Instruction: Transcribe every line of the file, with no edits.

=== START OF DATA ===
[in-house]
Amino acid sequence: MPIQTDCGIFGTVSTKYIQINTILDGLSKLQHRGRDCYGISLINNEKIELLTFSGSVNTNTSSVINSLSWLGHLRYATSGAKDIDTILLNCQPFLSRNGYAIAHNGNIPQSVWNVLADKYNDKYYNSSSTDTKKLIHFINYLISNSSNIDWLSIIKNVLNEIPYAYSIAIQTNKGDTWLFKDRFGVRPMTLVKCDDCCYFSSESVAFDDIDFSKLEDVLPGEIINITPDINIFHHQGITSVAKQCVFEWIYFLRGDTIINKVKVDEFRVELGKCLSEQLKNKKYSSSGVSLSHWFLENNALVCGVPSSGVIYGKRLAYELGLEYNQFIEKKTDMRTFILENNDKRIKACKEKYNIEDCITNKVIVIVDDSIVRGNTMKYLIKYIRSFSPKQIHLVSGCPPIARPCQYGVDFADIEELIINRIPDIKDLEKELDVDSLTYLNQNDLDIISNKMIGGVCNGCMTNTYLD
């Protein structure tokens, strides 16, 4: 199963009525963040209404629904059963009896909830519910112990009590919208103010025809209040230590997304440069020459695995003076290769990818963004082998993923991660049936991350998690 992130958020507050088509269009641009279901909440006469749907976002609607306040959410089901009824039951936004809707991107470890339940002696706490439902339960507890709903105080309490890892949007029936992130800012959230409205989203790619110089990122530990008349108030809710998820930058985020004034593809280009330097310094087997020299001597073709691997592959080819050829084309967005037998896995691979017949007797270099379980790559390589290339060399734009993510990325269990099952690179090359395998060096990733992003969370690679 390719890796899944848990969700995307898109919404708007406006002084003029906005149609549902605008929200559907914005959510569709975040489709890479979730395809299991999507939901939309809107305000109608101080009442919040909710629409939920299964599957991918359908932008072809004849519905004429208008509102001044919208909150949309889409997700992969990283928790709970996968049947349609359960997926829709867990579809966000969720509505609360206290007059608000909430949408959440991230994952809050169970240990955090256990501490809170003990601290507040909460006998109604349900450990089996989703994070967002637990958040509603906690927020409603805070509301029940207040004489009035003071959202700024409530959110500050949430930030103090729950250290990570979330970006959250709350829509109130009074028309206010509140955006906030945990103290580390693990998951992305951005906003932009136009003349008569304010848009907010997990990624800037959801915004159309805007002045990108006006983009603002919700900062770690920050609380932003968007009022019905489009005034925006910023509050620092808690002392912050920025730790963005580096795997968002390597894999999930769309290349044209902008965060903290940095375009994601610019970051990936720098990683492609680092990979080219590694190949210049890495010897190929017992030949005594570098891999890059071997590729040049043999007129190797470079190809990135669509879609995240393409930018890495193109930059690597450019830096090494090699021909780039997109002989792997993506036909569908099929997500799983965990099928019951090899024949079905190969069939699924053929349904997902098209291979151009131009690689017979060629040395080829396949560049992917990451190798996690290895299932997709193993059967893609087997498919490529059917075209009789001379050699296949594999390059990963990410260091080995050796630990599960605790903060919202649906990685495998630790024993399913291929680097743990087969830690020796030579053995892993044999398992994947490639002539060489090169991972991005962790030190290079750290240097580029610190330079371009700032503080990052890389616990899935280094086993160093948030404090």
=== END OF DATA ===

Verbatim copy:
[in-house]
Amino acid sequence: MPIQTDCGIFGTVSTKYIQINTILDGLSKLQHRGRDCYGISLINNEKIELLTFSGSVNTNTSSVINSLSWLGHLRYATSGAKDIDTILLNCQPFLSRNGYAIAHNGNIPQSVWNVLADKYNDKYYNSSSTDTKKLIHFINYLISNSSNIDWLSIIKNVLNEIPYAYSIAIQTNKGDTWLFKDRFGVRPMTLVKCDDCCYFSSESVAFDDIDFSKLEDVLPGEIINITPDINIFHHQGITSVAKQCVFEWIYFLRGDTIINKVKVDEFRVELGKCLSEQLKNKKYSSSGVSLSHWFLENNALVCGVPSSGVIYGKRLAYELGLEYNQFIEKKTDMRTFILENNDKRIKACKEKYNIEDCITNKVIVIVDDSIVRGNTMKYLIKYIRSFSPKQIHLVSGCPPIARPCQYGVDFADIEELIINRIPDIKDLEKELDVDSLTYLNQNDLDIISNKMIGGVCNGCMTNTYLD
């Protein structure tokens, strides 16, 4: 199963009525963040209404629904059963009896909830519910112990009590919208103010025809209040230590997304440069020459695995003076290769990818963004082998993923991660049936991350998690 992130958020507050088509269009641009279901909440006469749907976002609607306040959410089901009824039951936004809707991107470890339940002696706490439902339960507890709903105080309490890892949007029936992130800012959230409205989203790619110089990122530990008349108030809710998820930058985020004034593809280009330097310094087997020299001597073709691997592959080819050829084309967005037998896995691979017949007797270099379980790559390589290339060399734009993510990325269990099952690179090359395998060096990733992003969370690679 390719890796899944848990969700995307898109919404708007406006002084003029906005149609549902605008929200559907914005959510569709975040489709890479979730395809299991999507939901939309809107305000109608101080009442919040909710629409939920299964599957991918359908932008072809004849519905004429208008509102001044919208909150949309889409997700992969990283928790709970996968049947349609359960997926829709867990579809966000969720509505609360206290007059608000909430949408959440991230994952809050169970240990955090256990501490809170003990601290507040909460006998109604349900450990089996989703994070967002637990958040509603906690927020409603805070509301029940207040004489009035003071959202700024409530959110500050949430930030103090729950250290990570979330970006959250709350829509109130009074028309206010509140955006906030945990103290580390693990998951992305951005906003932009136009003349008569304010848009907010997990990624800037959801915004159309805007002045990108006006983009603002919700900062770690920050609380932003968007009022019905489009005034925006910023509050620092808690002392912050920025730790963005580096795997968002390597894999999930769309290349044209902008965060903290940095375009994601610019970051990936720098990683492609680092990979080219590694190949210049890495010897190929017992030949005594570098891999890059071997590729040049043999007129190797470079190809990135669509879609995240393409930018890495193109930059690597450019830096090494090699021909780039997109002989792997993506036909569908099929997500799983965990099928019951090899024949079905190969069939699924053929349904997902098209291979151009131009690689017979060629040395080829396949560049992917990451190798996690290895299932997709193993059967893609087997498919490529059917075209009789001379050699296949594999390059990963990410260091080995050796630990599960605790903060919202649906990685495998630790024993399913291929680097743990087969830690020796030579053995892993044999398992994947490639002539060489090169991972991005962790030190290079750290240097580029610190330079371009700032503080990052890389616990899935280094086993160093948030404090």